According to BlueH.E.L.P., 158 officers died by suicide in 2018. The organization, which tracks officer suicides while simultaneously seeking to prevent such tragedies from occurring, says the number of officer suicides last year is 9% higher than the total number of 2018 line-of-duty deaths.
And 2018 was not a particularly unusual year. BlueH.E.L.P. says the number of officers dying by suicide in 2017 was 154. The total number of duty deaths in 2017 was 137.
Read Suicide Warning Signs and Available Resources
Imagine if more than 150 officers were feloniously killed in the line of duty in a single year. The outrage among American law enforcement officers would be intense. But suicide is treated differently and because of that we may not even know the extent of the problem.
Unreported and Underreported
The suicide deaths reported by BlueH.E.L.P. are just those that are confirmed to the organization by either the family or the officer's agency.
So it is likely that the actual number is much higher. This is because an unknown number of deaths may have been reported as accidental—with either family members or police agencies saying the officer "died by accidental discharge" or "died as a result of a sudden medical problem."
A self-inflicted gunshot wound can certainly be described as a "sudden medical problem," but that doesn't really reveal what actually happened, does it?
Sadly, the practice of sweeping this pandemic of preventable officer deaths "under the rug" has a long history in American law enforcement.
Happily, the practice of hiding the issue of police suicide may be coming to an end.
Recently, news headlines in local and national media told of a spate of Chicago officers dying by suicide. Four currently serving CPD officers reportedly died by suicide in the span of just a few months—one recently retired officer also died by suicide.
This gave some observers the impression that there was a sudden "spike" in Chicago PD suicides. However, according to BlueH.E.L.P.—and several anonymous sources in the Chicagoland area—the only "spike" was the sudden media interest.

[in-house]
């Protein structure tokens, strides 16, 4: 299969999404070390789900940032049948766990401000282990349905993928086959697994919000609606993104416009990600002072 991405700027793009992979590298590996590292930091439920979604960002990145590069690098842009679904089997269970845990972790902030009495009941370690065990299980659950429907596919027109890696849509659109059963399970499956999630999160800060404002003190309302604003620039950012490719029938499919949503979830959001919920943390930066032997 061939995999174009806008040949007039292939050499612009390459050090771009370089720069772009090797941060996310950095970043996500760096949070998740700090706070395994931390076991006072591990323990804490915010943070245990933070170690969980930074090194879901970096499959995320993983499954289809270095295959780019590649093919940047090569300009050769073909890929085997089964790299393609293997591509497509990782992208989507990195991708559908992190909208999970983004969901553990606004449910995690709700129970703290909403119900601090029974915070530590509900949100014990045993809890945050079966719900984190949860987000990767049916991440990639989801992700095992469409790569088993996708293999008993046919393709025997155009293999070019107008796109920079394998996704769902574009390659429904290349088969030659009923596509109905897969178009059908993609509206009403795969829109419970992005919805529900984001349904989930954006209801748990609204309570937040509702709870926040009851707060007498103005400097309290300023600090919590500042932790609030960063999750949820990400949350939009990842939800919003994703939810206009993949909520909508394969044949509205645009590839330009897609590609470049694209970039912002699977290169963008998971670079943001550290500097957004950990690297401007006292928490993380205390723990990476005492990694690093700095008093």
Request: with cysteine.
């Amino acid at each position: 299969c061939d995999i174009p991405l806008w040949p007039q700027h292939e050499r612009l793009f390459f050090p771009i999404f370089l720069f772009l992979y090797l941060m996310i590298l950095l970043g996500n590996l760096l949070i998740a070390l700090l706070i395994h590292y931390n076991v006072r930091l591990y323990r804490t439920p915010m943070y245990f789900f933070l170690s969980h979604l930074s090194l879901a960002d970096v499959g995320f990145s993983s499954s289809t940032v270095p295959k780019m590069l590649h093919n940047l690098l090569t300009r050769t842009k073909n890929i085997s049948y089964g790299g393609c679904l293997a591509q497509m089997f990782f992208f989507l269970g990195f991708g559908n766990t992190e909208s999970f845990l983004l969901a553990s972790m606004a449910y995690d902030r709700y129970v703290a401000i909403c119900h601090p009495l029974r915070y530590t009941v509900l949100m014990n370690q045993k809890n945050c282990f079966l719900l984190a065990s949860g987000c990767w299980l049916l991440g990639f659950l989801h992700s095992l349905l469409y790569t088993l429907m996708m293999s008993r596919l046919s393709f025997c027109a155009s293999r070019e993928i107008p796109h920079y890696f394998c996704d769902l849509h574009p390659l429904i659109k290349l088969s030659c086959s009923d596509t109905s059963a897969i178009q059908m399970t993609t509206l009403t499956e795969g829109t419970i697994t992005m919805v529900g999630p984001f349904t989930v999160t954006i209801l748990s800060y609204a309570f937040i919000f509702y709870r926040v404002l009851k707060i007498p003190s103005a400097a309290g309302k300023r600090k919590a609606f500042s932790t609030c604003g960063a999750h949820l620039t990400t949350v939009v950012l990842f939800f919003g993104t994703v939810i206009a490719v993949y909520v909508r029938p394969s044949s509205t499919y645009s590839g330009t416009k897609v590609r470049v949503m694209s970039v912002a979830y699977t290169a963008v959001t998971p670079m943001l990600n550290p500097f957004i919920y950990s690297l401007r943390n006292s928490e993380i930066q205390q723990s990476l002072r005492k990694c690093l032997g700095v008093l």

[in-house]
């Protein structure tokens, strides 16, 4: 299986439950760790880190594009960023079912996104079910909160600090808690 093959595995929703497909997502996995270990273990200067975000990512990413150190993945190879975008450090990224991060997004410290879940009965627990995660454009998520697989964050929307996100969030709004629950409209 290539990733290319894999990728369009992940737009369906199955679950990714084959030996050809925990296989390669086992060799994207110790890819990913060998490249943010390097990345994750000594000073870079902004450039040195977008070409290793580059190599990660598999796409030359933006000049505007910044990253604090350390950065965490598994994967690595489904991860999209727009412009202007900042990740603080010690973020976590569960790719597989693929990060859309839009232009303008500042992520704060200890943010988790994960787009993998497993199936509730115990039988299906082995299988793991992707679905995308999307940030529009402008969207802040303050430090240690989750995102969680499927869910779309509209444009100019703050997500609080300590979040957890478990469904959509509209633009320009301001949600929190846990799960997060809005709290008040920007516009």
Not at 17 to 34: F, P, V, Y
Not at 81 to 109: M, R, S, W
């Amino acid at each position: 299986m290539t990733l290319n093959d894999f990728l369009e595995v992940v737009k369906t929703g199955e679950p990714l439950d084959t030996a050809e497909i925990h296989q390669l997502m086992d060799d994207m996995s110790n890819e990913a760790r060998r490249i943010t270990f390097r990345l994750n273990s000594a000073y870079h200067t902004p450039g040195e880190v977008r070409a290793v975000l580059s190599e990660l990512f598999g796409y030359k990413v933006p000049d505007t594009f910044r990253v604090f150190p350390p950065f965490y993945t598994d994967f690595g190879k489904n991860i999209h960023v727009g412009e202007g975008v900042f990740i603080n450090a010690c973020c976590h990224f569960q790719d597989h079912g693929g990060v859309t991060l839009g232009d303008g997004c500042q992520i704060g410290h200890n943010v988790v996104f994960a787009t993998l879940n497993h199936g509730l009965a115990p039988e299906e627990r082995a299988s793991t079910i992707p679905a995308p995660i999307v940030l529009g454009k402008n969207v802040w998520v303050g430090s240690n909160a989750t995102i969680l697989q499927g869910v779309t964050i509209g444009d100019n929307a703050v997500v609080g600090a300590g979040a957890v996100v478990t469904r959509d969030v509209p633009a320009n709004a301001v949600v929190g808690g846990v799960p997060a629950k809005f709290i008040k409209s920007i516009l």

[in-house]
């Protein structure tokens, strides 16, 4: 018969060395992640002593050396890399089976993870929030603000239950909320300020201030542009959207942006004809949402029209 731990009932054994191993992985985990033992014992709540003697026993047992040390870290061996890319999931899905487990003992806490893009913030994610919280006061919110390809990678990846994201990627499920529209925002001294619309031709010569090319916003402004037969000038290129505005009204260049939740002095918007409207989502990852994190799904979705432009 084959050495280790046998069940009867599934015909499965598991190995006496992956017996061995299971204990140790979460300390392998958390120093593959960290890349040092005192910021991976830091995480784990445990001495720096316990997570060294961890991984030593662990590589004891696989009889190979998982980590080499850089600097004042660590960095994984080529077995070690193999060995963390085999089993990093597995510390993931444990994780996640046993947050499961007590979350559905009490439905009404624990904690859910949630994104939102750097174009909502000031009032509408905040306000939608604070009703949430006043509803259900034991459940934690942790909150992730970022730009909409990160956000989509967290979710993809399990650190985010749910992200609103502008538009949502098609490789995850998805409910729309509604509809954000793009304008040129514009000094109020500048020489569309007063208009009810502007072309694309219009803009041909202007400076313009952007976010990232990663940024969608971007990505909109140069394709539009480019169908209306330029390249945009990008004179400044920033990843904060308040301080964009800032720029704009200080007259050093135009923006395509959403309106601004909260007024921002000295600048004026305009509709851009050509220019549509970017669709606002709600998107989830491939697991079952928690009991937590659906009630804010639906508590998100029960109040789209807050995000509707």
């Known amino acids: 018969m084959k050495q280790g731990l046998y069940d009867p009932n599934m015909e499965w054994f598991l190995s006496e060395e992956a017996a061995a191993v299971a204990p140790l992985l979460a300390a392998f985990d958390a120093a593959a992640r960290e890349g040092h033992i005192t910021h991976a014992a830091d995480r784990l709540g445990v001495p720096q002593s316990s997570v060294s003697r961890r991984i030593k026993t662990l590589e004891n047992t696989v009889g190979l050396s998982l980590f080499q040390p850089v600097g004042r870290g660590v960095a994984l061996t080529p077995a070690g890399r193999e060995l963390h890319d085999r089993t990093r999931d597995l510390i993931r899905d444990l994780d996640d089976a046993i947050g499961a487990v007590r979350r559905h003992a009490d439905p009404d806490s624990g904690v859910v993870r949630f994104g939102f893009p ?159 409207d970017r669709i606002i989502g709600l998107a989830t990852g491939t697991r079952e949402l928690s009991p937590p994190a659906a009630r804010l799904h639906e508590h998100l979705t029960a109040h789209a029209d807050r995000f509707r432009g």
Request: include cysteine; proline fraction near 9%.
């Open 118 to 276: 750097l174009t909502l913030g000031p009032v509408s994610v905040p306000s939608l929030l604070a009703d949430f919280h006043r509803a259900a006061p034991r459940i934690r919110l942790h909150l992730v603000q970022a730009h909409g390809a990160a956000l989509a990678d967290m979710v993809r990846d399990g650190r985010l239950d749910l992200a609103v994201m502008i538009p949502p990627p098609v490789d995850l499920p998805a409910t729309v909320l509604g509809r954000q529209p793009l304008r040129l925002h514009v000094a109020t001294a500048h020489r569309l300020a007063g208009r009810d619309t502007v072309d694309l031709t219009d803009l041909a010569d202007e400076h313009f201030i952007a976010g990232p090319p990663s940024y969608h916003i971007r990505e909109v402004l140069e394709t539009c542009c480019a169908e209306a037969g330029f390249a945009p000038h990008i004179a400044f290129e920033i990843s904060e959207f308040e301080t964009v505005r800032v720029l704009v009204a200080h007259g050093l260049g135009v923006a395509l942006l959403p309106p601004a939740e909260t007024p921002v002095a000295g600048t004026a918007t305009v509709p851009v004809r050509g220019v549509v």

A Chicago-area mental health professional with access to Chicago Police Department information—who spoke on the condition of anonymity—says that suicides such as those recently reported have been happening for a long time.
"They've been able to hide [these suicides] because the officers were killing themselves at their homes," he says. "They'd say, 'He was cleaning his gun and it accidentally discharged.' Yeah, because everyone has a full magazine and one in the chamber when they're cleaning their gun."
"We know that people lie about suicide," says Karen Solomon, one of the three co-founders of BlueH.E.L.P. "We know that a sharp shooter doesn't 'accidentally' shoot himself with an accidental discharge. We know an officer at the range doesn't 'accidentally' shoot himself in the head."
Solomon says that an officer in her area died by suicide, but the obituary in the newspapers told another story. "We had an officer whose death was reported as a 'complication of [a disease].' The guy never had [the disease]. It was just something the family made up to put in the obituary. The family told us—and we were able to verify it—but they didn't want people to know."